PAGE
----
legend of terror


Bonnie Deroski (played Marnie)

Bonnie 1Q1: How did you get the part in THE BURNING?

It was a regular audition that my agent sent me out on. It was unusual only in that the casting director was primarily known for casting background extras.

Q2: Do you remember exactly when you shot the movie?

It was August – early September 1980. Holly Hunter had literally just arrived in New York City the day we flew to the location. She showed up in cowboy boots and cutoff jean shorts.

We shot in upstate NY near Buffalo at several summer camps. I loved the location with the cliff. It was really beautiful there. That’s where the campfire scene was shot as well.

Q3: THE BURNING was different to a film such as FRIDAY THE 13TH (1980), where most of the cast were young adults. Many of the cast in THE BURNING (1981) were young enough to truly reflect the real make-up of a summer camp in the early 1980s. The baseball and canoeing scenes sure looked like fun to make. Do you have fond memories of the production?

My favorite memory was the canoeing scene. First of all they put three people rowing in a canoe. Probably was intentional, but with an odd number of rowers it was sure difficult to steer. Then one of the canoes took in water and actually sank and that take was actually used in the film. It was pretty funny.

I also remember shooting the scene where Woody’s dead body floats up onto Michelle. Halfway thru the day, Fisher Stevens walked onto location in full makeup, and then went out to the raft and played his own dead body. That was some pretty impressive prosthetics.

Bonnie 2Q4: Cropsy – the horribly scarred killer in the film – is seemingly inspired (in name at least) by the urban legend that has terrorised kids and campers for decades in New York State. Had you heard about the legend?

No, I had never heard of it, but since then, people have told me they had heard that story at sleepaway camp.

Q5: Tom Savini said that the cast were queuing up to ask how they were going to die! Were you disappointed that you didn’t get a grand death scene? Although you mentioned that you did actually contribute to the raft massacre scene. Can you tell me more?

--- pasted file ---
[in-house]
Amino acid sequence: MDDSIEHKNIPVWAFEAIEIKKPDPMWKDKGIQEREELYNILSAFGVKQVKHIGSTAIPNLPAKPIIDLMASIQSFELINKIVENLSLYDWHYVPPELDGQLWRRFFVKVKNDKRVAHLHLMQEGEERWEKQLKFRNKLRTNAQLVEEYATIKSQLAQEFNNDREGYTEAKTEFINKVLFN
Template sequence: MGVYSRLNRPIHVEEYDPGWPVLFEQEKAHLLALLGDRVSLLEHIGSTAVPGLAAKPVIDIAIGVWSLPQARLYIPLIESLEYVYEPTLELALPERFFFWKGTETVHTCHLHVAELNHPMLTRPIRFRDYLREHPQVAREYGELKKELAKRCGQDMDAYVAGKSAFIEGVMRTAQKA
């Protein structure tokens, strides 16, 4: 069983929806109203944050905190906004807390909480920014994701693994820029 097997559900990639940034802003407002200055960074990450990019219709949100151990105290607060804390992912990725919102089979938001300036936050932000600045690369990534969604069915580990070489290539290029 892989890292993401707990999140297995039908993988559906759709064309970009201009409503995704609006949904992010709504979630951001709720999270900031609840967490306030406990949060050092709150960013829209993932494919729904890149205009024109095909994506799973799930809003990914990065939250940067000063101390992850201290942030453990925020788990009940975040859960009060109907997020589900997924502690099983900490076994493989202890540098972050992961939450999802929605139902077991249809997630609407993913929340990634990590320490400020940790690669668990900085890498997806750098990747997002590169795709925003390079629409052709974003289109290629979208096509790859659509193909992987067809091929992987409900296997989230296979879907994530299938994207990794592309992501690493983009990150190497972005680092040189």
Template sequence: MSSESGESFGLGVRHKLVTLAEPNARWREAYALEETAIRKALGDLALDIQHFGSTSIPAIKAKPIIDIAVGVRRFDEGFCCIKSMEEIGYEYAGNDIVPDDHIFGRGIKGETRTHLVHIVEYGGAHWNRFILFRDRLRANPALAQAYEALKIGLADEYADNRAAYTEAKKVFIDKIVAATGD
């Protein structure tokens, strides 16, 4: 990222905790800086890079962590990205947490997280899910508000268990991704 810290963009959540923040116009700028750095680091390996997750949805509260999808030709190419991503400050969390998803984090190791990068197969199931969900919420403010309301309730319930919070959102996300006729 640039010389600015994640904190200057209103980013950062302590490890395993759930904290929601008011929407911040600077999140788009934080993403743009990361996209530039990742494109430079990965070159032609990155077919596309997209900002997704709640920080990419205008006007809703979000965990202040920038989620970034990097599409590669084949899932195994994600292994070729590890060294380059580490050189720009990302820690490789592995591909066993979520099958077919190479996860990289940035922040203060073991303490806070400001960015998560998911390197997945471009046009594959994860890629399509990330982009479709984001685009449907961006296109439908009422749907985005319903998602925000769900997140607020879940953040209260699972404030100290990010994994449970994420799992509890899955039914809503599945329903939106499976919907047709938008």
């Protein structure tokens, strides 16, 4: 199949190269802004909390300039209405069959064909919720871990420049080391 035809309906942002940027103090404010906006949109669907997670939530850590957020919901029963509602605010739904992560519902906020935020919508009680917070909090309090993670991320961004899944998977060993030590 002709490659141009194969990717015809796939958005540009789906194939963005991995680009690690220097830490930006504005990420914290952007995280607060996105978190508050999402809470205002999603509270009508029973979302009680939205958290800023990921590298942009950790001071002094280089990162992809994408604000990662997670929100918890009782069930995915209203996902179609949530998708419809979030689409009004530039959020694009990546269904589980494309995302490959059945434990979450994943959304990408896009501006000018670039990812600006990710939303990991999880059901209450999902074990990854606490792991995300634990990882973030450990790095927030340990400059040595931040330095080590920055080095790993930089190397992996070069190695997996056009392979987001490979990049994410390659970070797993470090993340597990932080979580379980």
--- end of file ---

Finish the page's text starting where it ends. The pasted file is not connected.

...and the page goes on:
Actually, I was quite excited that I was one of the few escapees. I considered myself ‘smarter than the average Cropsy!’ Also, I figured put me in a very good position if they did a sequel. Campers had so much fun at sleepaway camp last year, they came back for another death-defying summer.

Yeah, although my character didn’t die, I actually got to play a dead body at one point. They were getting ready to shoot the transition from the raft scene and one of the actresses who died on the raft had stepped off set for a minute. They were rushing to finish the shot, and asked for anyone to step in, as it was just a girl’s hand that they needed. So that was my hand in the shot with the blood dripping down.

Q6: Savini also alludes to the fact that the ending was changed after Tony Maylam and the Weinstein bothers reportedly fell out. Can you cast any light on this?

Nope. I knew nothing about this.

bonnie 3Q7: THE BURNING was surprisingly controversial on release. Suffering many cuts at the behest at the MPAA. Despite getting a cinema release in the UK it was accidentally released uncut on video and was banned as one of the infamous ‘video-nasties’. Were you aware of its enduring infamy?

Even before it was released there were rumors that the film had been given an X-rating in the US because of the violence. I know they cut a lot out of it to get it down to an R rating. The run was very, very short lived in the US, but I heard soon after that it had a big following in Japan and was running as the uncut version.

Q6: Have you seen the film recently? If so, how do you think it holds up?

I own the re-release DVD, with the Tom Savini interviews and comments by Tony Maylem. As for the film itself, it’s about what I would expect from a similarly budgeted film today.

Q7: Finally, thank you for taking the time to answer these questions! Is there anything else you can add about the film or your time working on it?

I think this film was a remarkable on-camera starting point for so many people. Because the director was British and the producers had never worked in film before, I think they took risks in casting inexperienced actors. But clearly someone had a very good eye for talent. This movie may not have ended up with a sequel, but it birthed Tony and Oscar Award winning talent.

I remember that Jason Alexander and Fisher Stevens put a lot of work into making the comedy work. The script as written was really not funny at all. They basically rewrote most of those scenes; the whole Abbott and Costello bit, etc. It was obvious that Jason was extremely talented.

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